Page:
Showing posts with label shawl. Show all posts
Showing posts with label shawl. Show all posts

May 14, 2014

Feeling Green

I've been continuing my spring cleaning clear-out. I'm finding lots of things that we took with us that we don't need. I'm also finding things that I've accumulated or even made since we moved here that I don't use or wear.

This weekend, I found this gorgeous cardigan that I made last summer, right after we moved. It felt like a great transitional weather cardigan and the yarn was divine to knit.  

I've worn it ONCE. 

Not because it's ugly... but because it just hangs weird on me. I should know better than to make a 100% cardi... I didn't really like this one on me either.

I tried the green one on over the weekend and it still didn't look right. I do realize that I'm currently sporting an extra 20 pounds around my belly, but this thing never looked right on me. (While I'm not built like a super model, in my non-expectant state I'm pretty proportional! I can assure you that I measured myself properly... and I made the right size and got the right gauge.)  

Nevertheless, the buttons didn't close properly and it just had too much drape. However, it was the perfect amount of drape for a shawl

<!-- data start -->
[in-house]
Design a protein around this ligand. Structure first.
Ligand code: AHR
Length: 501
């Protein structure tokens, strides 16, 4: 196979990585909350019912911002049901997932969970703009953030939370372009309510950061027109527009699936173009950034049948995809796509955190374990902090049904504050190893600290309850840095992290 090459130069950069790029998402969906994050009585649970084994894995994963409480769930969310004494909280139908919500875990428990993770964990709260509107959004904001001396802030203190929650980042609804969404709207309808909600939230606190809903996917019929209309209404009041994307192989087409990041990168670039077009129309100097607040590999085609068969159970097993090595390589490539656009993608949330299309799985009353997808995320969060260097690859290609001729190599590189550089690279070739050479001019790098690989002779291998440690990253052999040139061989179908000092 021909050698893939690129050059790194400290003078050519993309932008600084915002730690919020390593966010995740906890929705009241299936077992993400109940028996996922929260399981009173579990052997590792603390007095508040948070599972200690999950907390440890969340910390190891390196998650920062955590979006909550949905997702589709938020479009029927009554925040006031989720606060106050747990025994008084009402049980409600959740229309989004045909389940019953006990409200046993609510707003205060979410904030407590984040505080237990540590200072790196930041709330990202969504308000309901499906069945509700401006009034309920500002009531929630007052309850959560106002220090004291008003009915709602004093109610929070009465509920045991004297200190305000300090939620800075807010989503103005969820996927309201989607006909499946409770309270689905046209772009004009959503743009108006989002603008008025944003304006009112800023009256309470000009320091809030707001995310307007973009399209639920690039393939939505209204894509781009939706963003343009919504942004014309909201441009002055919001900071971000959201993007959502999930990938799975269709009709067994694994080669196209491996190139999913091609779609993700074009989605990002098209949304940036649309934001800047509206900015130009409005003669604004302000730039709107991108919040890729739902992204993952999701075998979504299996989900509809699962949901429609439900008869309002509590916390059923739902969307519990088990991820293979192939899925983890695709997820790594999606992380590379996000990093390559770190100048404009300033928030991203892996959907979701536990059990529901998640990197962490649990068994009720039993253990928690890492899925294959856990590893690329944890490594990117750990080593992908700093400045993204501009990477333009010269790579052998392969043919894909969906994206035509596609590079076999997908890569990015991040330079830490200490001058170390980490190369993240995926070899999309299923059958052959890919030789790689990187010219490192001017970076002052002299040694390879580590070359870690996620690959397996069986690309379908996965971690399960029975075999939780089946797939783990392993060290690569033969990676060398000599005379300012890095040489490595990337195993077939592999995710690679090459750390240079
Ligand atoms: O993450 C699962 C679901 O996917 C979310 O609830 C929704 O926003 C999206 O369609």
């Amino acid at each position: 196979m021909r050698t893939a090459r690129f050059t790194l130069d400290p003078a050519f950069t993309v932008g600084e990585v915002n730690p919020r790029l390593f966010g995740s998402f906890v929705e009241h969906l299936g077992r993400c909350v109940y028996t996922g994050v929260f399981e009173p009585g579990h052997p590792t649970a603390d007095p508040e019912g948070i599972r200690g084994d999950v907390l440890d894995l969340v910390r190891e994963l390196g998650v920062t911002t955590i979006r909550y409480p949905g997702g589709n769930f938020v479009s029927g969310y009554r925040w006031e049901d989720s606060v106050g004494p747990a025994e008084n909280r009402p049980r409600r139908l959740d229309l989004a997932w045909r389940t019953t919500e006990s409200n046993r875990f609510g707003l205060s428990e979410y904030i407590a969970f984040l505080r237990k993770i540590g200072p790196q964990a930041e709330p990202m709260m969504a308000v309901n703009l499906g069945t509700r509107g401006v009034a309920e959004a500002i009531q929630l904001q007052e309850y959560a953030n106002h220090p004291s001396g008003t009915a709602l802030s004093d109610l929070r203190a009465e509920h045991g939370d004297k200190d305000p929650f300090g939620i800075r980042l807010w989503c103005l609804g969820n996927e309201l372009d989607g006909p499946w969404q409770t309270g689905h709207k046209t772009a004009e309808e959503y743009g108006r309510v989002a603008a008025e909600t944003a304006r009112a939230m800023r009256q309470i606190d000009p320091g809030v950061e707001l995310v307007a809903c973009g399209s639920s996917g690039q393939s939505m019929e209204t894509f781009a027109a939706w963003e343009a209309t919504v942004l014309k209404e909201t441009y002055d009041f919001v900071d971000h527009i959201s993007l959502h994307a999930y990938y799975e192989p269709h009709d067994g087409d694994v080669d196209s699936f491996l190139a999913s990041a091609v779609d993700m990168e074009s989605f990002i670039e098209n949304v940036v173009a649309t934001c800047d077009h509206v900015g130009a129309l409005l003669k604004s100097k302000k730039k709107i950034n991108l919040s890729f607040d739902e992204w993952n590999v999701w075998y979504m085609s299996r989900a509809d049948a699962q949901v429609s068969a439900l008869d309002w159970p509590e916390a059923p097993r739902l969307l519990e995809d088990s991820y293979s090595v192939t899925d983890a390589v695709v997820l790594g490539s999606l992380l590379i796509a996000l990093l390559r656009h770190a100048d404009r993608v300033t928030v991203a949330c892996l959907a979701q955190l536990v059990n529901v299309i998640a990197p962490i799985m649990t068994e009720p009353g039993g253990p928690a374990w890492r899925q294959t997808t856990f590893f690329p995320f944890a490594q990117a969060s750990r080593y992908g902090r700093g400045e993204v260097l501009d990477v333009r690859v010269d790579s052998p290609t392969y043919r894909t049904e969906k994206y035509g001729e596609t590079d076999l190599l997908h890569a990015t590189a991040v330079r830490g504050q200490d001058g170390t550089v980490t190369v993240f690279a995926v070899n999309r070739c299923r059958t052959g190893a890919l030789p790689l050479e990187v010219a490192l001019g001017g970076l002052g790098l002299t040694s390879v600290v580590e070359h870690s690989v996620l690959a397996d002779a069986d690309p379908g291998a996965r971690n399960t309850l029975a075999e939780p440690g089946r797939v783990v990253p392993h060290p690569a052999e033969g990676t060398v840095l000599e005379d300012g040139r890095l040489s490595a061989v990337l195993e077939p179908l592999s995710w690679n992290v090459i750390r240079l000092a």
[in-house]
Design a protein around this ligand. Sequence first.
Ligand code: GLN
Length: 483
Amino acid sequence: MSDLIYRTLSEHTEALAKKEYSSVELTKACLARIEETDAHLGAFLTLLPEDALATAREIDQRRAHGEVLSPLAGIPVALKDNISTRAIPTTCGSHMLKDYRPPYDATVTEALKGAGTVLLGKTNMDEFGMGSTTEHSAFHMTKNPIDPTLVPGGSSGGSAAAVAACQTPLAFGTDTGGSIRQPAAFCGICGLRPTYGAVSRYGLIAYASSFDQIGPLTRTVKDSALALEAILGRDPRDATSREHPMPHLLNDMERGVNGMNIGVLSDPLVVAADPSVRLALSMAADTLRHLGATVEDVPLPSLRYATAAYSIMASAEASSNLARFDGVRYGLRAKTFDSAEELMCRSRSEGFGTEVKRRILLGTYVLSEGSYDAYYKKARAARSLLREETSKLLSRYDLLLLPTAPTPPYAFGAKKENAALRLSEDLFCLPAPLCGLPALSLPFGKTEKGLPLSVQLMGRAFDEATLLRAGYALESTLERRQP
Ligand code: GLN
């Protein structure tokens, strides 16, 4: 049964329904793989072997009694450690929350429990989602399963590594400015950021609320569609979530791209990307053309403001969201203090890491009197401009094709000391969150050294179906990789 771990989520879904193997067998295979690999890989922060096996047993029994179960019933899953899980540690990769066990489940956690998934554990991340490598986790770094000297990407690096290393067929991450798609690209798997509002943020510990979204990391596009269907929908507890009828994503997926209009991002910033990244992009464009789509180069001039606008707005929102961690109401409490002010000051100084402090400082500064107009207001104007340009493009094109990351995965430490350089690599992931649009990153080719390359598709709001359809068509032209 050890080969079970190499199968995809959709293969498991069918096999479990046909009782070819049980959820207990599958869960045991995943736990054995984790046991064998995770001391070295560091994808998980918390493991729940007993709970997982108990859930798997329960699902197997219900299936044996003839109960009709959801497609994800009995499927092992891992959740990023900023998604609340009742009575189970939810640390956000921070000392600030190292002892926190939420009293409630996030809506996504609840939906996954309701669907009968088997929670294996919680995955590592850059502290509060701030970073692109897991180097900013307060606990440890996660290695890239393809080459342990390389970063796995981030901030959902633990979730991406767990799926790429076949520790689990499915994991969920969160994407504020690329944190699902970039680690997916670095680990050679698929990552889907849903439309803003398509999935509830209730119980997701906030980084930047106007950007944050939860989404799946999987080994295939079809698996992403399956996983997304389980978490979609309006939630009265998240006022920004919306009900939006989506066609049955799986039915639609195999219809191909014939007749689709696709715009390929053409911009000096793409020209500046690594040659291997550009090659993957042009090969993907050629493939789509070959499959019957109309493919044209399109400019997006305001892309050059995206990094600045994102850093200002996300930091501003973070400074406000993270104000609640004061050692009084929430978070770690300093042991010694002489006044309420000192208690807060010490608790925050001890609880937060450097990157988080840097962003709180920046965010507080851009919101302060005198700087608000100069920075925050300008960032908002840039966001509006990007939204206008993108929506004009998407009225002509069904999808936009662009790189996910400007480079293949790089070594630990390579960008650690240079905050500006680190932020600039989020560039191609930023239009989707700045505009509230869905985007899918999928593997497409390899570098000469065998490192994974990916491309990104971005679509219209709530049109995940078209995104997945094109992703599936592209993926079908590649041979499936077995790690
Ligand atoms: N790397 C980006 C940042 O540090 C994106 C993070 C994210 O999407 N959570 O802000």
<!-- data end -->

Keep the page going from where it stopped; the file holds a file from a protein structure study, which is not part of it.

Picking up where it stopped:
So I decided to frog* the thing and make something new out of it. 

It's not the first time I've ripped out an entire sweater

I fear it may not be the last, either. 

Am I crazy? 

Perhaps. In fact, in the evening it took me to rip the thing apart, I felt a little sick -- green, actually. I had such high hopes for this cardi. But then I felt liberated. What's the point of having a cardigan if you don't even like it enough to wear it?!

So now, I'm super excited about actually making and then wearing a shawl with this yarn.

But I still may be a little crazy.

* Frogging is the term for ripping out knitting or crocheting. If you listen carefully while you rip, it sounds a little like frogs. Considering this yarn is green, the term proved highly appropriate.

December 8, 2013

Bedtime Beading

The Sailor and I took a road trip over Thanksgiving, and I of course brought the necessary knitting arsenal along for the ride. 

If I'm not the one driving, then I try to use the hours in the car to knit. I get carsick reading a map, so it's somewhat surprising that I can knit and crochet. It's like I have a fiber superpower. (Of course if I'm doing something very complex or if I have to read a pattern... my ability goes right out the window and all productivity stops immediately.

I made a pair of simple socks along the journey -- one in the car and one at our destination. Then I began working on a little shawlette to pass the time. 

I splurged on a skein of Madeleine Tosh Merino Light on a solo road trip nearly a year ago. (The label doesn't have the color, but it looks closest to 'cove' or 'filigree' from the website listing.

I had planned to make a pair of beaded fingerless gloves as part of a Knitting Guild project. I started the gloves, then decided while I liked the beads with the yarn, I didn't really want to make another pair of gloves. 

After making this enormous Citron Grand, I decided I really liked shawls. But I didn't want to make another BIG one for quite a while. I needed something quick, easy, that would only take my one little luxurious skein of yarn. And, I wanted to use the beads.